Testing software is perhaps one of the most controversial topics among programmers. Opinions range from “test first and test everything” to “tests slow us down”. As with so many things, the truth lies somewhere in between. After making my own experiences in a lot of different projects, I have to admit to myself that finding the perfect balance is still a hard a lot of times.
Starting out in a new project, time pressure usually is low and we programmers are highly motivated to get our hands dirty with coding rather than eliciting yet another requirement. I found that people tend to write unit tests more readily at this stage. And arguably the code quality seems to be better than when working under tight deadlines. But that’s not necessarily related to the tests, it could very well be attributed to the relative freshness of the people on the project.
As projects get into a more intense phase the ratio between test-code and production-code usually takes a hit. So is this a bad thing?
How much is too much
Kent Beck, the originator of the term Test Driven Development for sure has a ton of experience in writing software and in testing it. It might come as a surprise for many that he draws a pretty tight line between what is actually too much testing1:
I get paid for code that works, not for tests, so my philosophy is to test as little as possible to reach a given level of confidence…
If I don’t typically make a kind of mistake … I don’t test for it.
To me that sounds very reasonable. Blindly striving for a high test coverage just doesn’t cut it. On the contrary: if a programmer is just guided by his coverage report, he will probably write some hard to maintain test code. And hard-to-maintain test code will eventually lead to reduced testing since the damn tests require more and more work to keep them in sync with changes made to the software. Those tests will get kicked out – and that with good reason!
There is another issue I found with some of my unit testing: Overuse of abstractions. While I’d consider abstractions in general a desirable and good thing, they really only make sense when there is the actual need for an abstraction. If you only have one implementation of some functionality in your code, why go through the effort of generalizing? Since by definition there is only one thing to abstract about, your abstraction will probably have to be refined when introducing a second implementation.
But writing unit-tests mandates the use of abstractions since you only want to test some piece of code in isolation of the rest of the system – for which some kind of interface definitions come in handy. So you bite the bullet and create your interfaces, change the code around, build mocks and other scaffolding and hours later start writing your tests…while at the same time you could have cranked out this extra feature or stomped this nasty bug. Sounds like a tough choice to me.
The kind of software
When people show me their incredibly cool new test framework or preach about the absolute imperative of having thoroughly unit-tested code, the examples they come up with usually lend themselves to a unit-test centric approach. But we rarely have to write the next sorting algorithm or code to serialize and de-serialize data.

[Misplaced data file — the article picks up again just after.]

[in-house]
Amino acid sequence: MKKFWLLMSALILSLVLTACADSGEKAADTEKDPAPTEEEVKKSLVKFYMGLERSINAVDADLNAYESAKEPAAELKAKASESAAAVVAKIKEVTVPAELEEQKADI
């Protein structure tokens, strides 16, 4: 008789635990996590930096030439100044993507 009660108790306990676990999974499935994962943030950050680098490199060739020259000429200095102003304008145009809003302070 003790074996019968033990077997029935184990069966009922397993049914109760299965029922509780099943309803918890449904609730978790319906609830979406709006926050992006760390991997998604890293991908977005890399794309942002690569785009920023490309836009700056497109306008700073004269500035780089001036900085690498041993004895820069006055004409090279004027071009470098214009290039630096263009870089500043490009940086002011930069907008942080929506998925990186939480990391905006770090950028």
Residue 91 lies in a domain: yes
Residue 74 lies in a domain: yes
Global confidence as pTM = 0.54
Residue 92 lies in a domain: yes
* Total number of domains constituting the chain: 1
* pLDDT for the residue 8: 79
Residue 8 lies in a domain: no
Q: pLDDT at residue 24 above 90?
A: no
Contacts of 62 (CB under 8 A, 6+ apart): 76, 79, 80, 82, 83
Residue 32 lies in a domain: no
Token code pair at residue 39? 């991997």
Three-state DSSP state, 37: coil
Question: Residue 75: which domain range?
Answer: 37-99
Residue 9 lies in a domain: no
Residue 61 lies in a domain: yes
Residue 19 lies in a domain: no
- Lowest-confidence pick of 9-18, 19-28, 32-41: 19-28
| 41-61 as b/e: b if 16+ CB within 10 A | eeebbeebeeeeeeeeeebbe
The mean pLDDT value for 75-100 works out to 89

The day-to-day stuff often involves database access, updating a UI, network code a.s.o. Those things are by far harder to cover by unit-tests and tend to involve some heavy machinery. Time spent with setting up unit-tests might be spent more effectively otherwise.
The kind of testing
I still consider testing my software with due diligence an integral part of the job. For some code this might very well be exhaustive unit testing, in other cases a different strategy might prove the better choice – like moving more into a more global approach where the functionality is tested as part of a bigger use-case. This kind of testing – often called integration-testing – is much harder to automate and thus does not always allow for regression testing, but it can be the right choice and help you to implement and test your code more quickly.
There is another very different flavor of testing I so far omitted: the kind of testing in a dynamically typed language that makes sure that trivial (or not so trivial) changes do not completely mess up your code-base. Those tests – I’d rather call them syntactic checks – are a prerequisite to stay sane. I did a couple of larger ruby programs and it was really painful to come back to the code at some point later: to find out I had a hard time to introduce changes just because I broke the code in unintended ways and my test coverage was not high enough to detect it.
Striking a balance
So what would be good advice for that new guy that started in your C++ department yesterday. Test everything? Strive for high coverage? I’d say yes – but as with every advice this should be taken with a grain of salt. If you end up with double the amount of code and possibly a different design I’d say you clearly overshot. In the end it’s not the unit-tests that are responsible for great software – it’s the talent and the ability of the developer.
On the other hand if the new guy writes your next rails application, the answer is much simpler: test the shit out of the code!